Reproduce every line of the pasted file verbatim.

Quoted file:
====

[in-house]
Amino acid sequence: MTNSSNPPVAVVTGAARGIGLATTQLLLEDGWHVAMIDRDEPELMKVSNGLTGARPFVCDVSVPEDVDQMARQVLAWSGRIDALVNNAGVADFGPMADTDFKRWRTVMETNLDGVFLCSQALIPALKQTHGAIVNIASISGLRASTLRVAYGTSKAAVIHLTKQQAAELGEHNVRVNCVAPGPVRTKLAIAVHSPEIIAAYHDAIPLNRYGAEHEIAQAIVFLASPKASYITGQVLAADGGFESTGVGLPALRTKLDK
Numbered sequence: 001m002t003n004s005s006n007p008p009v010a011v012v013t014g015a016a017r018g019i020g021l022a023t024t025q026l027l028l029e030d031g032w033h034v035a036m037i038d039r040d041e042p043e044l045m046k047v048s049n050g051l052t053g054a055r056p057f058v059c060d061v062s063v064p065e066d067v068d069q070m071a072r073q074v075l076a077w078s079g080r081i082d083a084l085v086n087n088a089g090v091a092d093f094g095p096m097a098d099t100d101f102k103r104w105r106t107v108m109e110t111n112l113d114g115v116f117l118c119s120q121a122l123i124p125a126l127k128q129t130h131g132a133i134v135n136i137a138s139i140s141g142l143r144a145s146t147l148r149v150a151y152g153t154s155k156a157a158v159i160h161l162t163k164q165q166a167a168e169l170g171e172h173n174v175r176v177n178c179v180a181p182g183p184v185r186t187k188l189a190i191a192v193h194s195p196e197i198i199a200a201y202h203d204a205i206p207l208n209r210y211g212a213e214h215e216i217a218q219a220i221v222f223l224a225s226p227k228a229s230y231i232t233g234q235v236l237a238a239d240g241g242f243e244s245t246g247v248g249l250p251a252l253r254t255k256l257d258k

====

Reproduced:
[in-house]
Amino acid sequence: MTNSSNPPVAVVTGAARGIGLATTQLLLEDGWHVAMIDRDEPELMKVSNGLTGARPFVCDVSVPEDVDQMARQVLAWSGRIDALVNNAGVADFGPMADTDFKRWRTVMETNLDGVFLCSQALIPALKQTHGAIVNIASISGLRASTLRVAYGTSKAAVIHLTKQQAAELGEHNVRVNCVAPGPVRTKLAIAVHSPEIIAAYHDAIPLNRYGAEHEIAQAIVFLASPKASYITGQVLAADGGFESTGVGLPALRTKLDK
Numbered sequence: 001m002t003n004s005s006n007p008p009v010a011v012v013t014g015a016a017r018g019i020g021l022a023t024t025q026l027l028l029e030d031g032w033h034v035a036m037i038d039r040d041e042p043e044l045m046k047v048s049n050g051l052t053g054a055r056p057f058v059c060d061v062s063v064p065e066d067v068d069q070m071a072r073q074v075l076a077w078s079g080r081i082d083a084l085v086n087n088a089g090v091a092d093f094g095p096m097a098d099t100d101f102k103r104w105r106t107v108m109e110t111n112l113d114g115v116f117l118c119s120q121a122l123i124p125a126l127k128q129t130h131g132a133i134v135n136i137a138s139i140s141g142l143r144a145s146t147l148r149v150a151y152g153t154s155k156a157a158v159i160h161l162t163k164q165q166a167a168e169l170g171e172h173n174v175r176v177n178c179v180a181p182g183p184v185r186t187k188l189a190i191a192v193h194s195p196e197i198i199a200a201y202h203d204a205i206p207l208n209r210y211g212a213e214h215e216i217a218q219a220i221v222f223l224a225s226p227k228a229s230y231i232t233g234q235v236l237a238a239d240g241g242f243e244s245t246g247v248g249l250p251a252l253r254t255k256l257d258k